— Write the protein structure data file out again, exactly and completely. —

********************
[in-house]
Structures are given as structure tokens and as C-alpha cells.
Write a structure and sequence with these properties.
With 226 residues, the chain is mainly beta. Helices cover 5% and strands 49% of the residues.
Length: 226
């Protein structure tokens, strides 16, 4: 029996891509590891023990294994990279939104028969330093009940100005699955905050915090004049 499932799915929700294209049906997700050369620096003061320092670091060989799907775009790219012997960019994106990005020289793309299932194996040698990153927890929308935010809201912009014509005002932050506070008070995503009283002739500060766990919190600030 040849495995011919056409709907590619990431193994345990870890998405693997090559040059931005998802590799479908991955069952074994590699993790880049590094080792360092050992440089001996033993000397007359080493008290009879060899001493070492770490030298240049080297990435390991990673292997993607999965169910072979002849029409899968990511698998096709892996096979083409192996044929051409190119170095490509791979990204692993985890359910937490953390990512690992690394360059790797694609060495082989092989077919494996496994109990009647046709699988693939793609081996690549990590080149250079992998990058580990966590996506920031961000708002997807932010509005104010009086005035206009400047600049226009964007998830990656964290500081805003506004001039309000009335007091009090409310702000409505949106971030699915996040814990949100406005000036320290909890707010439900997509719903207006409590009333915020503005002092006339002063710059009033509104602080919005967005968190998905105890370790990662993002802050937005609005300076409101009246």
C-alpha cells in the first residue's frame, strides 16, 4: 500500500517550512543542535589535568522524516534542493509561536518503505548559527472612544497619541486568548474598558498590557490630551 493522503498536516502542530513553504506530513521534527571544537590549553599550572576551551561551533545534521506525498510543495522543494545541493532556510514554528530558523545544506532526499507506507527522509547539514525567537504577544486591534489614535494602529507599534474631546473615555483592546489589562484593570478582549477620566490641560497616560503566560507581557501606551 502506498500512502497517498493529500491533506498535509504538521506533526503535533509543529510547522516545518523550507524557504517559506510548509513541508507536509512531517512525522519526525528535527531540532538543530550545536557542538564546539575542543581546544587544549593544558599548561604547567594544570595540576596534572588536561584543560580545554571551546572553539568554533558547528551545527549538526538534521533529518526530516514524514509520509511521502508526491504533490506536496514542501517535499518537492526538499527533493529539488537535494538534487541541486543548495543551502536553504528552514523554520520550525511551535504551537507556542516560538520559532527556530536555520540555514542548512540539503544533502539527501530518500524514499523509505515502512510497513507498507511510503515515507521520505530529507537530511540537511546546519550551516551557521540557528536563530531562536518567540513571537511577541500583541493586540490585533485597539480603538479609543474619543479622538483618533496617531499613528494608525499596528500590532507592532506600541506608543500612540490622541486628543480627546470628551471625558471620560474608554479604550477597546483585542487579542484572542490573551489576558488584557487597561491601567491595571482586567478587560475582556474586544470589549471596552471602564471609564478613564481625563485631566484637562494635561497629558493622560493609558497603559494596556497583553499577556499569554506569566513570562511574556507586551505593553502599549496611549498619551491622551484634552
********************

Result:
[in-house]
Structures are given as structure tokens and as C-alpha cells.
Write a structure and sequence with these properties.
With 226 residues, the chain is mainly beta. Helices cover 5% and strands 49% of the residues.
Length: 226
């Protein structure tokens, strides 16, 4: 029996891509590891023990294994990279939104028969330093009940100005699955905050915090004049 499932799915929700294209049906997700050369620096003061320092670091060989799907775009790219012997960019994106990005020289793309299932194996040698990153927890929308935010809201912009014509005002932050506070008070995503009283002739500060766990919190600030 040849495995011919056409709907590619990431193994345990870890998405693997090559040059931005998802590799479908991955069952074994590699993790880049590094080792360092050992440089001996033993000397007359080493008290009879060899001493070492770490030298240049080297990435390991990673292997993607999965169910072979002849029409899968990511698998096709892996096979083409192996044929051409190119170095490509791979990204692993985890359910937490953390990512690992690394360059790797694609060495082989092989077919494996496994109990009647046709699988693939793609081996690549990590080149250079992998990058580990966590996506920031961000708002997807932010509005104010009086005035206009400047600049226009964007998830990656964290500081805003506004001039309000009335007091009090409310702000409505949106971030699915996040814990949100406005000036320290909890707010439900997509719903207006409590009333915020503005002092006339002063710059009033509104602080919005967005968190998905105890370790990662993002802050937005609005300076409101009246």
C-alpha cells in the first residue's frame, strides 16, 4: 500500500517550512543542535589535568522524516534542493509561536518503505548559527472612544497619541486568548474598558498590557490630551 493522503498536516502542530513553504506530513521534527571544537590549553599550572576551551561551533545534521506525498510543495522543494545541493532556510514554528530558523545544506532526499507506507527522509547539514525567537504577544486591534489614535494602529507599534474631546473615555483592546489589562484593570478582549477620566490641560497616560503566560507581557501606551 502506498500512502497517498493529500491533506498535509504538521506533526503535533509543529510547522516545518523550507524557504517559506510548509513541508507536509512531517512525522519526525528535527531540532538543530550545536557542538564546539575542543581546544587544549593544558599548561604547567594544570595540576596534572588536561584543560580545554571551546572553539568554533558547528551545527549538526538534521533529518526530516514524514509520509511521502508526491504533490506536496514542501517535499518537492526538499527533493529539488537535494538534487541541486543548495543551502536553504528552514523554520520550525511551535504551537507556542516560538520559532527556530536555520540555514542548512540539503544533502539527501530518500524514499523509505515502512510497513507498507511510503515515507521520505530529507537530511540537511546546519550551516551557521540557528536563530531562536518567540513571537511577541500583541493586540490585533485597539480603538479609543474619543479622538483618533496617531499613528494608525499596528500590532507592532506600541506608543500612540490622541486628543480627546470628551471625558471620560474608554479604550477597546483585542487579542484572542490573551489576558488584557487597561491601567491595571482586567478587560475582556474586544470589549471596552471602564471609564478613564481625563485631566484637562494635561497629558493622560493609558497603559494596556497583553499577556499569554506569566513570562511574556507586551505593553502599549496611549498619551491622551484634552